The Rolling Stones meant nothing to me for so very long. As mentioned before here and no doubt again in the future the Year Zero schtick of Punk really struck me. It is both to blame and to thank for so much.
My friend Anne was the first to move me to The Stones, nudging me via a track or two on some mix tapes when the ‘80s became the ‘90s. Years later it was William and his obsessions that led me to investigate more fully and I am so glad I did, for many of those Stones records from the 1960s are impressive indeed. I admit too that I loved the stories of the early Stones meeting on railways in Sidcup like something straight out of a Shena Mackay short story, or Patrice Chaplin’s ‘Albany Park’. Facts, fictions, new realities.
The Rolling Stones of the 1970s resisted me for slightly longer and there is still something in their Rock excesses of the time that turns my stomach. Simultaneously something in it too appeals, however, and that is I think to do with the appeal of the unattainable. Or the way in which those early ‘70s Stones records both reflected and informed the way in which Pop culture was seeping into a UK class system that was dissolving, creating a strange new aristocracy of dissolution. Artists from the mid to late ‘60s might have defined the Baroque Pop sound, but it was surely the likes of The Stones in the early 1970s that cemented the Baroque as a stylistic element, fusing it with a sprawling suburban blues that took the rags of psychedelia to ever seedier, blighted landscapes before eventually fizzling out into the void where Celebrity supplanted content. The cover shot in many ways reflects this: Jagger slipping into a future of excess, shrouded in a fog of smoke and everything indelibly stained a nicotine yellow. So very early 1970s.
‘Goats Head Soup’ is largely thought to be the last great Stones’ LP and there may be some truth in that. Personally I think it is only a good Stones album, but that is better than many other groups could manage, and anyway, shouldn't The Stones be better remembered as a brilliant singles band? Sometimes I think that the only Stones album anyone really needs is 'The Singles Collection'. ‘Angie’ is not on that collection, but is certainly in my digital playlist of Stones singles and as much as anything ‘Angie’ reminds us that The Stones could do ballads every bit as finely as they could do explosive and expansive. Has Wes Anderson used ‘Angie’ in the soundtrack to any of his movies? If not, he must be saving it for something special.
A significant part of the appeal of The Rolling Stones was always a visual one. Have you seen Gerald Markowitz’ photos of ‘The Stones ’65-’67’? Or Brent Rej’s collection of shots ‘In The Beginning’? Stunning. There are multiple reference to The Stones in other artworks and artists too. Most obviously perhaps with photographer Robert Frank and his ‘Cocksucker Blues’ film of 1972, but also there is Richard Hamilton’s ‘Swingeing London’ of course, plus Peter Doig’s ‘Buffalo Station’, Johannes Kahrs’ ‘La Revolution Permanente’ and Franz Gertsch’s ‘Luciano’s House’ to name but a few.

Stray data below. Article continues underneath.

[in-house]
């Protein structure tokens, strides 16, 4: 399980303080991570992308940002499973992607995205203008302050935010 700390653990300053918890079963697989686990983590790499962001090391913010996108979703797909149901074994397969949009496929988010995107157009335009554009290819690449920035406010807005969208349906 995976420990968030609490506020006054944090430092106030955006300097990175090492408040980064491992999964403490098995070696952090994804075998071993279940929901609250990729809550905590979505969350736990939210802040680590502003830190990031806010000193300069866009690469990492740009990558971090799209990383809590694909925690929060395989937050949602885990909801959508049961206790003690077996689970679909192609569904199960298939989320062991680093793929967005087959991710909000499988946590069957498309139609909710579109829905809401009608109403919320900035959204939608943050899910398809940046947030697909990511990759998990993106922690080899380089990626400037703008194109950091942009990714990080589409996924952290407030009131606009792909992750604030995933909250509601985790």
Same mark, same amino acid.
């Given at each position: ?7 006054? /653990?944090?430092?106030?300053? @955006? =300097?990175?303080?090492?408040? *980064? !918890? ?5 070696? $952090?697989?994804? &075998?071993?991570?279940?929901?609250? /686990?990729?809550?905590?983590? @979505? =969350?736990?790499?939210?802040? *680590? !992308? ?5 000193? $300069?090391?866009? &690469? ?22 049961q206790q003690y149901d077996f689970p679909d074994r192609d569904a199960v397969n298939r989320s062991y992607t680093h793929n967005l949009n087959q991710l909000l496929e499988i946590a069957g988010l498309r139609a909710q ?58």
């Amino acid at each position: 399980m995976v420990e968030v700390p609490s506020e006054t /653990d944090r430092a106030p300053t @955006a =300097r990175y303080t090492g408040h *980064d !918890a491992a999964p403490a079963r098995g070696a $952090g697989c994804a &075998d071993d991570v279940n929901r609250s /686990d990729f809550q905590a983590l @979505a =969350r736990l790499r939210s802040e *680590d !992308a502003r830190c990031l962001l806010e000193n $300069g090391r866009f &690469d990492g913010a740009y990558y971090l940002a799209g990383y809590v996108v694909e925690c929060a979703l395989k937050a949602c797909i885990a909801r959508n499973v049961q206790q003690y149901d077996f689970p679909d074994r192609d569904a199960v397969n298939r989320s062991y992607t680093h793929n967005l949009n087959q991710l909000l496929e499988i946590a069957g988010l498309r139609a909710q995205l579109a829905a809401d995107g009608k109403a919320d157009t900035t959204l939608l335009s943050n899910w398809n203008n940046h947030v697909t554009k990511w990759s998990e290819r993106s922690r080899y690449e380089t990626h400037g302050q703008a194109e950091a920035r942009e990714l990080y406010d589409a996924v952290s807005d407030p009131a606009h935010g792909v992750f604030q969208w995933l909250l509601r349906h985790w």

The only time I saw Franz Gertsch’s painting 'At Luciano’s House’ was as part of the ‘Painting of Modern Life' exhibition at The Hayward gallery in London back in 2007 and I admit it very much took me by surprise for figurative painting is not normally my thing. Now I do not know very much about Franz Gertsch beyond what we can all discover on the Internet and I have not seen any of his paintings in the flesh other than this one, but In truth I am not sure I need to, for what has always appealed about this image are the cultural references rather than the quality of the painting itself. The whole notion of hyper-realist painting has never meant anything to me. This image might as well be a photograph (though it would need to be a large print, as the almost life-size scale of the paining is certainly important). Such painterly skill impresses only fifteen year olds after all and is the painterly equivalent of a virtuoso guitar solo. And yet… there is a grubbiness about 'Luciano’s House' that subverts that virtuosity; the hyper-real is hyper-soiled rather than shiny. Everything is faux-bourgeois, is cheap mass produced Pop culture putting on airs and graces that it doesn’t ultimately believe in. Dressing up for a future it knows already is doomed to be an ultimately miserable tragi-comedy of diminishing returns. 'Luciano’s House' knows that the present moment is ultimately all that matters, and in this moment we see Glam androgyny in all its cheap, grubby, theatrical splendour. Nothing to do with nostalgia and everything to do with knowing artifice, surface, illusion and bohemian escapism.
Rules are there to be broken however, and so the first sculpture to appear in this series of stories is by Donald Judd. Fittingly, I think, Judd’s sculptures are so deceptively simple that at times they feel more like paintings or photographs, although Judd himself would have been at pains to point out that it was none of these things. Indeed Judd himself would have said this Untitled piece from 1971 was ‘simply’ “three dimensional work”, which is ironic because although the space element (the third dimension) of the work is important, to me at least it serves only as an additional pleasure. It’s a delightful freebie thrown in with the deal. This inevitably says more about me that it does about the work.